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Nature. 1999 Sep 16;401(6750):293-7.

A salmonella protein antagonizes Rac-1 and Cdc42 to mediate host-cell recovery after bacterial invasion.

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Section of Microbial Pathogenesis, Boyer Center for Molecular Medicine, Yale School of Medicine, New Haven, Connecticut 06536, USA.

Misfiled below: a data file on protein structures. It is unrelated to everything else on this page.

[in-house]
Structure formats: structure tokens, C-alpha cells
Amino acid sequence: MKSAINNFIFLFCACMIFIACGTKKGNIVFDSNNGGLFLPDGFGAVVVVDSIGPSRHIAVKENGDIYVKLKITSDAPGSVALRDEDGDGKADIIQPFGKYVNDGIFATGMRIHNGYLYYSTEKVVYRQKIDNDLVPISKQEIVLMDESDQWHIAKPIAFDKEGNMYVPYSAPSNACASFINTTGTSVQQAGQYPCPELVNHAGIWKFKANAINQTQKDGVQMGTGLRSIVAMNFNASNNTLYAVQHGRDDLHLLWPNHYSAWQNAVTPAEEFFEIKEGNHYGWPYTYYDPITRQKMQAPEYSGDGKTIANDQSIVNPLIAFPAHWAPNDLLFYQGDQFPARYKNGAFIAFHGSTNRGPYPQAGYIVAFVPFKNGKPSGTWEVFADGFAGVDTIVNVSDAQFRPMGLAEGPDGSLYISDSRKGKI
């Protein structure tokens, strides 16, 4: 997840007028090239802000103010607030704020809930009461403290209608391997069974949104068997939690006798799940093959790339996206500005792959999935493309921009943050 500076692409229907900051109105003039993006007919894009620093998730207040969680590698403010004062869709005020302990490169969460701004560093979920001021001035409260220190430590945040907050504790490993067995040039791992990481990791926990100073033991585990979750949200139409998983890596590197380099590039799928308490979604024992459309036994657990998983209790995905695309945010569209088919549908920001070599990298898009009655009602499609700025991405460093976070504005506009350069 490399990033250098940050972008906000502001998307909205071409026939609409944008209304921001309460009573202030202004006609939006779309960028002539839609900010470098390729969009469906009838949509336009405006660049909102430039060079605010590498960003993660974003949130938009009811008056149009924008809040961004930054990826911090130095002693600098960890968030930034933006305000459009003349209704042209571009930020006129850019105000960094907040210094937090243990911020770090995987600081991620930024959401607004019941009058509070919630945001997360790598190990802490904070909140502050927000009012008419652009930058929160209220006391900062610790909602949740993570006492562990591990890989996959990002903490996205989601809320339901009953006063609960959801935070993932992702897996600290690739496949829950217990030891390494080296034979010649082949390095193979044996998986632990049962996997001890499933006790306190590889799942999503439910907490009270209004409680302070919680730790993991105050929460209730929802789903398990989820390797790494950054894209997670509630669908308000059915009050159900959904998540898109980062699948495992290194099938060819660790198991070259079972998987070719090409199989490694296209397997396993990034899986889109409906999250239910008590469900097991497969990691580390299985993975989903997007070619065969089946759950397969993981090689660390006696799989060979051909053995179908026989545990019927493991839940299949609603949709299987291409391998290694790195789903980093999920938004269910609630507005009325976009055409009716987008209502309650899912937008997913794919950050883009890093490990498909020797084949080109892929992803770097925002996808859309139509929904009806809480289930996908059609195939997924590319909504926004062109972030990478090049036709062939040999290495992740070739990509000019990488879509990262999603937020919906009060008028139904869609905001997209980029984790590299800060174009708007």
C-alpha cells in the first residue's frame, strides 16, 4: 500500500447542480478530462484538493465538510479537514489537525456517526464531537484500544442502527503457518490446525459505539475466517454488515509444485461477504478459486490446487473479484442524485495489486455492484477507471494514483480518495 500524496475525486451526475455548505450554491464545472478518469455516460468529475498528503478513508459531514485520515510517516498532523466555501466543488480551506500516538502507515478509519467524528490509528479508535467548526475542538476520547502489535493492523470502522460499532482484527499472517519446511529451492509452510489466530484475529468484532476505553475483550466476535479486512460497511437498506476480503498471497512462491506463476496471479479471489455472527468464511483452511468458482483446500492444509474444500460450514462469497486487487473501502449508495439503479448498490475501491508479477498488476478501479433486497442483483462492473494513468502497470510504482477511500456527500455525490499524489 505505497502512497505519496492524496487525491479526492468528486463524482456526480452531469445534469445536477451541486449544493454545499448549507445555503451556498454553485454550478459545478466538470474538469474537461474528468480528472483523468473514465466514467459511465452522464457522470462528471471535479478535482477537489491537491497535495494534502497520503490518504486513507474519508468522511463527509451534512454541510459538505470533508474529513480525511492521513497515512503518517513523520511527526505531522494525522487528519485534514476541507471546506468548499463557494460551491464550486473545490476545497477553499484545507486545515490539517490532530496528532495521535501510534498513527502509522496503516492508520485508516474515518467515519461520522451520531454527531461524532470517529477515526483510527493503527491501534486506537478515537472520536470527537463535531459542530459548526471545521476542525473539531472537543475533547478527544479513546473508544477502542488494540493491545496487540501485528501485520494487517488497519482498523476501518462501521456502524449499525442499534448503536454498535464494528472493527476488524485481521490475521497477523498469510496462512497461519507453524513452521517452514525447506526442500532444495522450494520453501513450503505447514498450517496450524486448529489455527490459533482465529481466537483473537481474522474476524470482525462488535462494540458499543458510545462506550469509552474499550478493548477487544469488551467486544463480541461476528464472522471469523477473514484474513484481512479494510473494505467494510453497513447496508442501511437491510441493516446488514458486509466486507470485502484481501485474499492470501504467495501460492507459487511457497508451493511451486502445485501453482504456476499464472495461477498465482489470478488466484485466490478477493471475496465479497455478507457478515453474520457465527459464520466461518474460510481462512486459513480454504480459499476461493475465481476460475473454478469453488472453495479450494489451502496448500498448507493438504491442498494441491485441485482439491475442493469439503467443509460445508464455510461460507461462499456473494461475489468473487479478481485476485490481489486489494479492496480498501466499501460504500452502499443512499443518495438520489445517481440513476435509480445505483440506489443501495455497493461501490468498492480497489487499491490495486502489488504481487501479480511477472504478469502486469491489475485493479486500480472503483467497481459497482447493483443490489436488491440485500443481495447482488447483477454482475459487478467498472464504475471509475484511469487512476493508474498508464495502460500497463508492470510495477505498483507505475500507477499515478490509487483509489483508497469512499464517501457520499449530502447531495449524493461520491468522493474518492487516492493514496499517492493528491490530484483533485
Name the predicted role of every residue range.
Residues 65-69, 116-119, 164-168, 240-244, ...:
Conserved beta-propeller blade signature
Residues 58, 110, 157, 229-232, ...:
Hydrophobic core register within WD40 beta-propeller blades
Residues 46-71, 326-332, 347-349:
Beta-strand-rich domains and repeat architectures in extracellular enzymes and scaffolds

An essential feature of the bacterial pathogen Salmonella spp. is its ability to enter cells that are normally non-phagocytic, such as those of the intestinal epithelium. The bacterium achieves entry by delivering effector proteins into the host-cell cytosol by means of a specialized protein-secretion system (termed type III), which causes reorganization of the cell's actin cytoskeleton and ruffling of its membrane. One of the bacterial effectors that stimulates these cellular responses is SopE, which acts as a guanyl-nucleotide-exchange factor on Rho GTPase proteins such as Cdc42 and Rac. As the actin-cytoskeleton reorganization induced by Salmonella is reversible and short-lived, infected cells regain their normal architecture after bacterial internalization. We show here that the S. Typhimurium effector protein SptP, which is delivered to the host-cell cytosol by the type-III secretion system, is directly responsible for the reversal of the actin cytoskeletal changes induced by the bacterium. SptP exerts this function by acting as a GTPase-activating protein (GAP) for Rac-1 and Cdc42.

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